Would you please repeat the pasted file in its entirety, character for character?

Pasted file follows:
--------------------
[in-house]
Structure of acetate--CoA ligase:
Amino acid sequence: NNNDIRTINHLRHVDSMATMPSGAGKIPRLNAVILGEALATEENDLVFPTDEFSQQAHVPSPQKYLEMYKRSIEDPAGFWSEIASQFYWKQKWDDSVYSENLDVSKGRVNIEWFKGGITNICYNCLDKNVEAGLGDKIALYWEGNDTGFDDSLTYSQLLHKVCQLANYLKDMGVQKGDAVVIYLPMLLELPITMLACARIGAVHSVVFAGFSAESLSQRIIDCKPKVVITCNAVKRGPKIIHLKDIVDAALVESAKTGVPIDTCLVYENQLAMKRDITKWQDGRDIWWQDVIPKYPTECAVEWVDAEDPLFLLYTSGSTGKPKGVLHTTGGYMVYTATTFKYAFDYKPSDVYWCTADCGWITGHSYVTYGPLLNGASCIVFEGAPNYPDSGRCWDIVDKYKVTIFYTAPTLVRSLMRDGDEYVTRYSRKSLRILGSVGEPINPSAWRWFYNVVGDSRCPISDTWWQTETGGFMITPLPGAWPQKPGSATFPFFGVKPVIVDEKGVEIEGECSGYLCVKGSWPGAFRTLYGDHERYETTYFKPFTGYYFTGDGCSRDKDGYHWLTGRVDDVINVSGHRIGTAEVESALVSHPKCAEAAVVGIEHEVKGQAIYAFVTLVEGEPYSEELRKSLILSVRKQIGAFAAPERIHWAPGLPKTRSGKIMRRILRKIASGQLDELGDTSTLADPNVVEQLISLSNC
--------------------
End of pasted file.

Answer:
[in-house]
Structure of acetate--CoA ligase:
Amino acid sequence: NNNDIRTINHLRHVDSMATMPSGAGKIPRLNAVILGEALATEENDLVFPTDEFSQQAHVPSPQKYLEMYKRSIEDPAGFWSEIASQFYWKQKWDDSVYSENLDVSKGRVNIEWFKGGITNICYNCLDKNVEAGLGDKIALYWEGNDTGFDDSLTYSQLLHKVCQLANYLKDMGVQKGDAVVIYLPMLLELPITMLACARIGAVHSVVFAGFSAESLSQRIIDCKPKVVITCNAVKRGPKIIHLKDIVDAALVESAKTGVPIDTCLVYENQLAMKRDITKWQDGRDIWWQDVIPKYPTECAVEWVDAEDPLFLLYTSGSTGKPKGVLHTTGGYMVYTATTFKYAFDYKPSDVYWCTADCGWITGHSYVTYGPLLNGASCIVFEGAPNYPDSGRCWDIVDKYKVTIFYTAPTLVRSLMRDGDEYVTRYSRKSLRILGSVGEPINPSAWRWFYNVVGDSRCPISDTWWQTETGGFMITPLPGAWPQKPGSATFPFFGVKPVIVDEKGVEIEGECSGYLCVKGSWPGAFRTLYGDHERYETTYFKPFTGYYFTGDGCSRDKDGYHWLTGRVDDVINVSGHRIGTAEVESALVSHPKCAEAAVVGIEHEVKGQAIYAFVTLVEGEPYSEELRKSLILSVRKQIGAFAAPERIHWAPGLPKTRSGKIMRRILRKIASGQLDELGDTSTLADPNVVEQLISLSNC